The max function is the most common choice for the pooling layer in CNN architectures. This operation generates for each filter a single value as z f  =  max {s} =  max {s1, s2, …, s n }.

Average-pooling

The average pooling is commonly used in image classification tasks but it is not very popular in NLP tasks. In this paper, we measure its performance for DDI extraction. In this case, the operation computes the average of each filter values: z f  = mean{s} = mean{s1, s2, …, s n }.

Attentive pooling

The attentive pooling is a neural attention mechanism which focuses on the relevant words, capturing the important semantic information without using lexical resources or NLP tools. For this work, we follow the attentive pooling method proposed by [28] for the relation extraction task with LSTM. We have to adapt the attentive pooling model for a CNN architecture.

In the case of CNN, the operation uses a weight vector w T Rm × 1 which is multiplied by a filter normalization \( M\in {R}^{\left({n}^{\ast }k\right)\times m} \). The resulting vector α Rn × 1 determinates the relevant values of each word in the sentence for the classification.
$$ \mathrm{M}=\mathit{\tanh}\left(\mathbf{S}\right) $$
$$ \upalpha = Softmax\left(\mathbf{M}{w}^{\upalpha}\right) $$
Finally, the vector α is multiplied by the filter matrix S to reduce its dimensionality given by the relevancy of their words.
$$ {\mathbf{z}}^{\ast }=\mathit{\tanh}\left({\upalpha}^T\mathbf{S}\right) $$

Softmax layer

In order to prevent overfitting, we performed a dropout before the classification. Firstly, we reduced the vector zd randomly dropping some of the elements of z (z* in the attentive pooling) with a probability p given by a Bernoulli distribution. Then, the prediction for each class is computed with the reduced vector in a softmax layer with weights W s Rm × k as.
$$ \mathbf{o}={\mathbf{z}}_d{\mathbf{W}}_s+d $$

where d is a bias term; we have k = 5 in the dataset, corresponding to the classes mechanism, effect, advice, int, and non-DDI. The vector z is classified at test time by the softmax layer without a dropout for new examples.

Learning

The CNN parameter set trained in the training phase are Θ = (W e , Wd1, Wd2, W s , F m ), where F m are all of the m filters f. We used the conditional probability of a relation r obtained by the softmax operation as

$$ \mathrm{p}\left(r\left|\boldsymbol{x},\Theta \right.\right)=\frac{\exp \left({\mathrm{o}}_r\right)}{\sum_{l=1}^k\exp \left({\boldsymbol{o}}_l\right)} $$

to minimize the log-likelihood function for all instances (x i , y i ) in the training set T as

$$ J\left(\Theta \right)={\sum}_{i=1}^T\log\;p\left({y}_i\left|{x}_i,\Theta \right.\right) $$

In the training phase, we used the stochastic gradient descent to reduce the error of the objective function over shuffled mini-batches and the Adam update rule [29] to learn the parameters. In addition, we added l2-regularization in order to prevent over-fitting for the weights of the softmax layer Ws.

Results

Our previous work [16] aimed to provide an in-depth study of the influence of the CNN hyper-parameters. In this paper, we apply the same CNN architecture, but also explore the effect of new pooling operations (average and attentive). We use the same hyper-parameters values provided by [16] because they were obtained using the same dataset and architecture.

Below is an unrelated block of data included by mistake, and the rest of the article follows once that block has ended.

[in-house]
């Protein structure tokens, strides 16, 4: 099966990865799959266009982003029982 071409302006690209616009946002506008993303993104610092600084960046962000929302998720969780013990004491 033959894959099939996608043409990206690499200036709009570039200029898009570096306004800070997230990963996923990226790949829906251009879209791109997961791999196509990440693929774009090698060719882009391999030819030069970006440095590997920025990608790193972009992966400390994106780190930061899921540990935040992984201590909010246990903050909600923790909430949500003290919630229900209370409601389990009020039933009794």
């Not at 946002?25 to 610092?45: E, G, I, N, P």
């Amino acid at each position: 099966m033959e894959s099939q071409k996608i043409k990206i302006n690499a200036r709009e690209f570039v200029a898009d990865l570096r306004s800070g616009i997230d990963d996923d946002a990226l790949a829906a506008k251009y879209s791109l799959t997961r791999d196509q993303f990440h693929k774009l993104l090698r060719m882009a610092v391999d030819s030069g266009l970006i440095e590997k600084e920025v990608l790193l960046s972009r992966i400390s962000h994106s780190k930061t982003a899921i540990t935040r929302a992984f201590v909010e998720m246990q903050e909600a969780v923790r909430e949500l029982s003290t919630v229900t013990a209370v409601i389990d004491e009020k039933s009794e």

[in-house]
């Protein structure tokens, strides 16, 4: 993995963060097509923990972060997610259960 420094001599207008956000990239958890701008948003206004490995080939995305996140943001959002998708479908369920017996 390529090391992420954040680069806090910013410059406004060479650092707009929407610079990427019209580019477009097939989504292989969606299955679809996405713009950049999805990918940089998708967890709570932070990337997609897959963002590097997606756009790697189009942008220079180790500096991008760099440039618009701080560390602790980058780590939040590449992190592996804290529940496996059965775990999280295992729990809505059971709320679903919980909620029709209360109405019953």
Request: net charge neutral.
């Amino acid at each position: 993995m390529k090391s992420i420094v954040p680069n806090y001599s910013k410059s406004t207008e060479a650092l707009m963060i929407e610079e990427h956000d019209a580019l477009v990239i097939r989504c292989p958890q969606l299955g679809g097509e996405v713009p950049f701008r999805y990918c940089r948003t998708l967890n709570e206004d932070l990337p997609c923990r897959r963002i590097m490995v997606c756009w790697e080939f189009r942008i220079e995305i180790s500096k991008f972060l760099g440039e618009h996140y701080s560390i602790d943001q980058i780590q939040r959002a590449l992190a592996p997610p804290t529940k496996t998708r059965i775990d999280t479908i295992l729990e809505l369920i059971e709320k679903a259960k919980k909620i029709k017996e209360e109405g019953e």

• Maximal length n = 128.

  • Word embedding initialization W e =random.

  • Word embedding size me=300.

  • Position embedding initialization Wd1, Wd2 = random.

  • Position embedding size md=5.

  • Filters for each window size m = 200.

  • Filter size w = (2,4,6).

  • Mini-batch size =50.

  • l2-regularization =3.

  • Dropout rate p = 50%.

  • Rectified Linear Unit (ReLU) as the non-linear function g.

In this previous work, it was needed to randomly select 2748 instances (10%) from the training dataset as our validation set. Due to the fact that we already know the best values for the hyper-parameters, we do not need to validate our model. Therefore, we can use the entire training set to train our CNN model. The results for all of the categories in the classification were measured using the Precision (P), Recall (R) and F1-score (F1).

Tables 2 and 3 show the performance of the max-pooling layer without and with negative instance filtering, respectively. Tables 4 and 5 show the results using the average-pooling and the attentive pooling, respectively, and Table 6 shows the performance obtained using the combination of two parallel CNN models with the max-pooling layer and the attentive pooling.
Table 2

Results obtained for max-pooling CNN on the test dataset without negative filtering

Classes

P

R

F1

Advise

79.33%

64.25%

71.00%

Effect

68.90%

54.17%

60.65%

Int

81.08%

31.25%

45.11%

Mechanism

58.29%

70.57%

63.84%

Overall

67.13%

59.22%

62.93%

Table 3

Results obtained for max-pooling CNN on the test dataset with negative filtering

Classes

P

R

F1

Advise

80.36%

61.09%

69.41%

Effect

62.06%

64.15%

63.09%

Int

62.32%

44.79%

52.12%

Mechanism

67.24%

66.11%

66.67%

Overall

67.19%

62.14%

64.56%

Table 4

Results obtained for average-pooling CNN on the test dataset with negative filtering

Classes

P

R

F1

Advise

66.99%

63.35%

65.12%

Effect

58.14%

63.03%

60.48%

Int

66.67%

31.25%

42.55%